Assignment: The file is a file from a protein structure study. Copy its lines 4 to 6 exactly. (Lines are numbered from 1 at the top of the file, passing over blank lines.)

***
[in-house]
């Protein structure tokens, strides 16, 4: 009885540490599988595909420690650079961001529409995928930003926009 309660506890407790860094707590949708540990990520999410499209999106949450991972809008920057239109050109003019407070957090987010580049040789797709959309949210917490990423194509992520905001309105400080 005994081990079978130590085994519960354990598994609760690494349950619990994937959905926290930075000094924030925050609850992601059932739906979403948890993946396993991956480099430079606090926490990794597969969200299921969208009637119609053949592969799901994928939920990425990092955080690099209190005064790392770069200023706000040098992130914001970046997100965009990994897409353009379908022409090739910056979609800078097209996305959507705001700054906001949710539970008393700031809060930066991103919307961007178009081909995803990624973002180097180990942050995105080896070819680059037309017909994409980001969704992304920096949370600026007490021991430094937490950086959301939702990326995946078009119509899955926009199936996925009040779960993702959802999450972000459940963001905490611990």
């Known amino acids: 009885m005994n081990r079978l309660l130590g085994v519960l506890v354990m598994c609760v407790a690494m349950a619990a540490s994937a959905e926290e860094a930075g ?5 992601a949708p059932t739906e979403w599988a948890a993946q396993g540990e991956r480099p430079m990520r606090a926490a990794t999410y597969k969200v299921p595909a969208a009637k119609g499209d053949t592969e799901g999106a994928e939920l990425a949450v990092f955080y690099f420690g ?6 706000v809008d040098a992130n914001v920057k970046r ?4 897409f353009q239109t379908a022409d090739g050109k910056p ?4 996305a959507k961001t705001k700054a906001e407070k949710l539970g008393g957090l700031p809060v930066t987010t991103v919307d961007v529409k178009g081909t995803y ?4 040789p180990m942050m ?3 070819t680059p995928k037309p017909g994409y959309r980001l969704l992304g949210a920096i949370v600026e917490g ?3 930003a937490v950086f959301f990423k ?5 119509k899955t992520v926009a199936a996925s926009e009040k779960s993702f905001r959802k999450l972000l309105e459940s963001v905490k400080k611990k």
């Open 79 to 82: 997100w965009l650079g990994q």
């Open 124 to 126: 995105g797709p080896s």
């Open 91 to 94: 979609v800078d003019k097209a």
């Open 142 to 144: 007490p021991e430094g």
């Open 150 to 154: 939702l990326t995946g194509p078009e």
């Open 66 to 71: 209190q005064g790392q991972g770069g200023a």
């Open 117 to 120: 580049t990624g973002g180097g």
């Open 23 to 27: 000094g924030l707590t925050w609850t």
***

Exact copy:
């Open 79 to 82: 997100w965009l650079g990994q």
């Open 124 to 126: 995105g797709p080896s």
């Open 91 to 94: 979609v800078d003019k097209a």